More than one and a half lakh Indians get stranded in a country which is invaded by dictator. Who – do you think – would take the lead to rescue them?
1. Air India / Indian Airlines
2. Minister of External Affairs
3. Joint Secretary in the Ministry of External Affairs
4. A Punjabi businessman
Facts of the matter be damned, when a Katyal played by no less than a Bhatia saunters into the stage with a Kaur in tow, I don’t think any part of the Indian government machinery really stands a chance.
After the release of Airlift, many individuals have come forward to claim that the Indian government and its national carrier played a stellar role in the evacuation of the Indians stranded in Kuwait during Iraq’s invasion. But frankly, when they show Air India pilots reluctant to undertake the evacuation mission or a craven minister in a minority government, they hit home so well that you tend not to dig into the facts of the case.
The film ends with a tribute to two South Indian (most likely, Malayali) gentlemen who were largely responsible for the Indians leaving Kuwait safe and sound via Jordan. The rationale for changing the Malayalis to Punjabi was rather obvious. I could not imagine Akshay Kumar pulling off a Mallu accent or Mohanlal pulling in a capacity crowd outside of Kerala (and maybe, Gelf)!
[This was somewhat reminiscent of No One Killed Jessica, where the Barkha Dutt character was depicted ‘stinging’ the Shayan Munshi character while it was Tehelka magazine which had done it IRL. Tehelka got a mention for ‘Breakthrough Journalism’ in the end.]
Many have declared Airlift to be the finest performance in Akshay Kumar’s career. While that is debatable (and Special 26 comes to mind as a contender), he does put up a splendid performance as Ranjit Katyal – a wheeling dealing businessman who becomes a messiah almost by accident. The devil-may-care attitude at the beginning, his change of heart when he sees his driver getting shot and his reluctant shepherding of the Indian masses have been most realistically portrayed. Nimrat Kaur, on the other hand, has precious little to do except for one scene (which she does extremely well).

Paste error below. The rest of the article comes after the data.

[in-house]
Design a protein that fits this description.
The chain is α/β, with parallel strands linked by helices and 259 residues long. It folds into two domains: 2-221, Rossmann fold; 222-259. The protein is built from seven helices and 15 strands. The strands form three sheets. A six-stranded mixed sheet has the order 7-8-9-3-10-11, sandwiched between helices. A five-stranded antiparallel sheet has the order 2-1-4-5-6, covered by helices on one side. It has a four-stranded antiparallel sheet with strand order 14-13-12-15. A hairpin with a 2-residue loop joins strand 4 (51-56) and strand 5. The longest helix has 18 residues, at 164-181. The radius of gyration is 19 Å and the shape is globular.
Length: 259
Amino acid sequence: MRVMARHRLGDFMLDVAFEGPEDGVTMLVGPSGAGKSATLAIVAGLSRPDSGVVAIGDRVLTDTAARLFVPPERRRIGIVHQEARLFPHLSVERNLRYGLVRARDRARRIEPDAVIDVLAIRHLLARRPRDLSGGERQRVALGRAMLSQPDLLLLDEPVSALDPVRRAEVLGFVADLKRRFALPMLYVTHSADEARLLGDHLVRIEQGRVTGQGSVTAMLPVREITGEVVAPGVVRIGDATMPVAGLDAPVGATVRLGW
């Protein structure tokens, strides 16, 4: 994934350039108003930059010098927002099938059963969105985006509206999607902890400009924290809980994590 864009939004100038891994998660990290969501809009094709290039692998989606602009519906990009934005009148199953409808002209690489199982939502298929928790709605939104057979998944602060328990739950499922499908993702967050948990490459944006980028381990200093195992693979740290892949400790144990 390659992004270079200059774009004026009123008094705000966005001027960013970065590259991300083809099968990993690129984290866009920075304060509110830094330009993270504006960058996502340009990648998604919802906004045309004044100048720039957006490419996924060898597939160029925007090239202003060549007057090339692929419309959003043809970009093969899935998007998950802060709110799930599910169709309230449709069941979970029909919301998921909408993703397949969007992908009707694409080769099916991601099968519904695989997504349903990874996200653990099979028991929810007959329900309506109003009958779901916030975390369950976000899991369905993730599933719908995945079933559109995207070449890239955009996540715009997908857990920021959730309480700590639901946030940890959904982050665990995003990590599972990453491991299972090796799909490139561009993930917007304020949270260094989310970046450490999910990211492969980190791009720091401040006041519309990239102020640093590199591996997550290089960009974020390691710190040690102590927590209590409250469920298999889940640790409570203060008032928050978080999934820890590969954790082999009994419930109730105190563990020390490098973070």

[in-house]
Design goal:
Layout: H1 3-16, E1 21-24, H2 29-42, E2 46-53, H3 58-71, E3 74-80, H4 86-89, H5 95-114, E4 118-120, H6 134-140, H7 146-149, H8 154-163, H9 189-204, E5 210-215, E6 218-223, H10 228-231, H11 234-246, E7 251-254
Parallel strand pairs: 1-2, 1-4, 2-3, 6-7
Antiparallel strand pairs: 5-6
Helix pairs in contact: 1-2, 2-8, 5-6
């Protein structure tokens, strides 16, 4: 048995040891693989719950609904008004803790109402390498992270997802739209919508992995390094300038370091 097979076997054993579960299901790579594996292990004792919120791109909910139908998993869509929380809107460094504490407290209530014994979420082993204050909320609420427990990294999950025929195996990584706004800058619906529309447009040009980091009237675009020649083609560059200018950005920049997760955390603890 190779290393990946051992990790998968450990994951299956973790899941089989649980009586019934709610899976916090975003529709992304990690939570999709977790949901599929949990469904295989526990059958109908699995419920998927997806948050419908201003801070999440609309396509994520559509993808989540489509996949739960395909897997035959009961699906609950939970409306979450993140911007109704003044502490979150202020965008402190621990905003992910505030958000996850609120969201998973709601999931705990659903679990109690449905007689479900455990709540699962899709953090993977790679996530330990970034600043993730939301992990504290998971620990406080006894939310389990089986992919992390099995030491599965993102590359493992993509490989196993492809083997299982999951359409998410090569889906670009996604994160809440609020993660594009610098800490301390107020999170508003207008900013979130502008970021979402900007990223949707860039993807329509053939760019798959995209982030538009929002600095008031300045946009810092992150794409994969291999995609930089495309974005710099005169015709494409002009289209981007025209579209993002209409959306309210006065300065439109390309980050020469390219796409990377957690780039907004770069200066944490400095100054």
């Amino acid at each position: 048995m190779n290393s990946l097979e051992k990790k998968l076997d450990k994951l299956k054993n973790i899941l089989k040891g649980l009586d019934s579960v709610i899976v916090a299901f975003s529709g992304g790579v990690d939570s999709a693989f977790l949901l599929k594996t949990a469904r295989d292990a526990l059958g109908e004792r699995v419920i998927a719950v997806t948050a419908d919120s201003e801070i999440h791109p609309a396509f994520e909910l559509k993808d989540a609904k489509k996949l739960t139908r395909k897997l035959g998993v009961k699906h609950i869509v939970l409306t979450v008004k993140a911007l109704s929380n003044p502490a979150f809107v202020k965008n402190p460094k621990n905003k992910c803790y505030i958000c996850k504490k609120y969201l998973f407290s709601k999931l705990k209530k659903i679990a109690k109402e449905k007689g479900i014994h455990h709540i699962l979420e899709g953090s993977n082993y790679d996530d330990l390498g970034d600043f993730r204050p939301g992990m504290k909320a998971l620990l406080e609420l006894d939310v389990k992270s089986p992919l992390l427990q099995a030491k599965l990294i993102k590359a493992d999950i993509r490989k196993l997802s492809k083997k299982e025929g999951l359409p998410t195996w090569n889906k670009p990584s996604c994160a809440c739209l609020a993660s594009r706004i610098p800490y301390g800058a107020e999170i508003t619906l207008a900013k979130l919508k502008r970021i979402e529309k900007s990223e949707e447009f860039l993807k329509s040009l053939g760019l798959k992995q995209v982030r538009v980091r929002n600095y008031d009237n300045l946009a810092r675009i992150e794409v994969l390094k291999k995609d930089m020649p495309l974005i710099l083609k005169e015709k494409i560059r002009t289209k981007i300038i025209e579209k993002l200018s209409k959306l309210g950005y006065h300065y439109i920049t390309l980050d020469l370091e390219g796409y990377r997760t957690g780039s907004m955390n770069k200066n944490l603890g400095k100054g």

Apart from the performances, what made Airlift really good is the slow transition it depicted in all the characters. The transition of Nimrat Kaur from the exasperated wife to the understated supporter was very well-written (apart from being well-performed). The transformation of a Foreign Ministry official from a foot-dragging minion to crusader for the 'refugees' is done with a lovely balance of realism and emotion.
One of the most difficult things – I think – in Hindi cinema is to make a rousing film with a patriotic message without degenerating into jingoism. And this, Airlift does exceedingly well. The diversity of India is brought out beautifully, without going over the top. The motivations of the people, their unconscious selfishness, their self-conscious beliefs are all seamlessly woven into the script.
And the high point of the film – for me – was done superbly despite being expected. At Jordan’s Amman airport, the fleeing Indians are met with typical bureaucratic apathy and absolutely no signpost for them to reach out to. All the nations had put up flags to guide their citizens, except for India. And just then, the Air India official receives a call from New Delhi and wheels start turning. As Akshay Kumar – who often claimed to be Kuwaiti early in the film – looks up, we see a nondescript airport official hoisting the Indian flag and with its unfurling, we get the climax we came for. Many of us stand during national anthems, many of us don’t, some of us are made to… but the honest truth is that when you see the three colours forming a perfect arc as someone straightens the flagpole and fixes it to the ground, you have to really hate your country to not have a lump in your throat.
And Airlift is a good place to test that out.
As a footnote, I would like to add a Facebook post from a friend. Her father, then working for Air India, was part of the team stationed in Amman for nearly three months to evacuate the Indians. Going off to a war zone for three months at three days' notice... wonder if there is a film in that story?